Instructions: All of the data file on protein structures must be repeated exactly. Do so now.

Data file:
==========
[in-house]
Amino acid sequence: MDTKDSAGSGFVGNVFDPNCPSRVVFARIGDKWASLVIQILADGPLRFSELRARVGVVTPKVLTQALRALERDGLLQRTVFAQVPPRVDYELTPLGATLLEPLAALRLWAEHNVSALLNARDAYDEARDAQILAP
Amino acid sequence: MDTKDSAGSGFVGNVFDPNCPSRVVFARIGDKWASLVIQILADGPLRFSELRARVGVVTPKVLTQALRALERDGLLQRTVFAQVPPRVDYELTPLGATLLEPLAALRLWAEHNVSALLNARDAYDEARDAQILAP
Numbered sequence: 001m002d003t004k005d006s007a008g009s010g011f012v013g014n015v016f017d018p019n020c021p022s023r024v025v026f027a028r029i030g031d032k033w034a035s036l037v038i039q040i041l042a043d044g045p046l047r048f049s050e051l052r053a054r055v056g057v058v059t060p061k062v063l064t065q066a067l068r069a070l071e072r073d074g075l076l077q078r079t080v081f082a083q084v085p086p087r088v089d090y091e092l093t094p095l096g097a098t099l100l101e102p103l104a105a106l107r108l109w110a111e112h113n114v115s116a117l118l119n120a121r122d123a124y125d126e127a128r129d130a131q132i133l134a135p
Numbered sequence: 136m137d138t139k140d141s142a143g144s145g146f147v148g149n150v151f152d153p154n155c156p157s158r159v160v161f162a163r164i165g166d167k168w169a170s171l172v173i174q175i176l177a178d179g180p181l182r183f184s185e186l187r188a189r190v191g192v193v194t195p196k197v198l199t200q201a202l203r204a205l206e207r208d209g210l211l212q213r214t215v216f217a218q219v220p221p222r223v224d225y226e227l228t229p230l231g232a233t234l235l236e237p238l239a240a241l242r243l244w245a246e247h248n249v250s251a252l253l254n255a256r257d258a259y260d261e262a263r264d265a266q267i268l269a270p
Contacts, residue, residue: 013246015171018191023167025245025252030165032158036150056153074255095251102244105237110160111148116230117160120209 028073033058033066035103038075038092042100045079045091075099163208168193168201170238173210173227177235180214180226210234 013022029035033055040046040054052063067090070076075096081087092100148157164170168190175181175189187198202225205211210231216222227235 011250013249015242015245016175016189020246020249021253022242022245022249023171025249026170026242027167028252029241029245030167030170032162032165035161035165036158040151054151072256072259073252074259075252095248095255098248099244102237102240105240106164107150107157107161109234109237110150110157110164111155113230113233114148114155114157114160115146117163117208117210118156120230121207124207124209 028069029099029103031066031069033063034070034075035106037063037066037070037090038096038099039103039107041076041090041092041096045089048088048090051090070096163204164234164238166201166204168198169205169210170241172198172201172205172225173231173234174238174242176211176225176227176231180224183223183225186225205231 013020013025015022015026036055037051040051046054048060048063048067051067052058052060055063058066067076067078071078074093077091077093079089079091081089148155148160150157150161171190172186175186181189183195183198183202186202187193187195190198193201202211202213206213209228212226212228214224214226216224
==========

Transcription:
[in-house]
Amino acid sequence: MDTKDSAGSGFVGNVFDPNCPSRVVFARIGDKWASLVIQILADGPLRFSELRARVGVVTPKVLTQALRALERDGLLQRTVFAQVPPRVDYELTPLGATLLEPLAALRLWAEHNVSALLNARDAYDEARDAQILAP
Amino acid sequence: MDTKDSAGSGFVGNVFDPNCPSRVVFARIGDKWASLVIQILADGPLRFSELRARVGVVTPKVLTQALRALERDGLLQRTVFAQVPPRVDYELTPLGATLLEPLAALRLWAEHNVSALLNARDAYDEARDAQILAP
Numbered sequence: 001m002d003t004k005d006s007a008g009s010g011f012v013g014n015v016f017d018p019n020c021p022s023r024v025v026f027a028r029i030g031d032k033w034a035s036l037v038i039q040i041l042a043d044g045p046l047r048f049s050e051l052r053a054r055v056g057v058v059t060p061k062v063l064t065q066a067l068r069a070l071e072r073d074g075l076l077q078r079t080v081f082a083q084v085p086p087r088v089d090y091e092l093t094p095l096g097a098t099l100l101e102p103l104a105a106l107r108l109w110a111e112h113n114v115s116a117l118l119n120a121r122d123a124y125d126e127a128r129d130a131q132i133l134a135p
Numbered sequence: 136m137d138t139k140d141s142a143g144s145g146f147v148g149n150v151f152d153p154n155c156p157s158r159v160v161f162a163r164i165g166d167k168w169a170s171l172v173i174q175i176l177a178d179g180p181l182r183f184s185e186l187r188a189r190v191g192v193v194t195p196k197v198l199t200q201a202l203r204a205l206e207r208d209g210l211l212q213r214t215v216f217a218q219v220p221p222r223v224d225y226e227l228t229p230l231g232a233t234l235l236e237p238l239a240a241l242r243l244w245a246e247h248n249v250s251a252l253l254n255a256r257d258a259y260d261e262a263r264d265a266q267i268l269a270p
Contacts, residue, residue: 013246015171018191023167025245025252030165032158036150056153074255095251102244105237110160111148116230117160120209 028073033058033066035103038075038092042100045079045091075099163208168193168201170238173210173227177235180214180226210234 013022029035033055040046040054052063067090070076075096081087092100148157164170168190175181175189187198202225205211210231216222227235 011250013249015242015245016175016189020246020249021253022242022245022249023171025249026170026242027167028252029241029245030167030170032162032165035161035165036158040151054151072256072259073252074259075252095248095255098248099244102237102240105240106164107150107157107161109234109237110150110157110164111155113230113233114148114155114157114160115146117163117208117210118156120230121207124207124209 028069029099029103031066031069033063034070034075035106037063037066037070037090038096038099039103039107041076041090041092041096045089048088048090051090070096163204164234164238166201166204168198169205169210170241172198172201172205172225173231173234174238174242176211176225176227176231180224183223183225186225205231 013020013025015022015026036055037051040051046054048060048063048067051067052058052060055063058066067076067078071078074093077091077093079089079091081089148155148160150157150161171190172186175186181189183195183198183202186202187193187195190198193201202211202213206213209228212226212228214224214226216224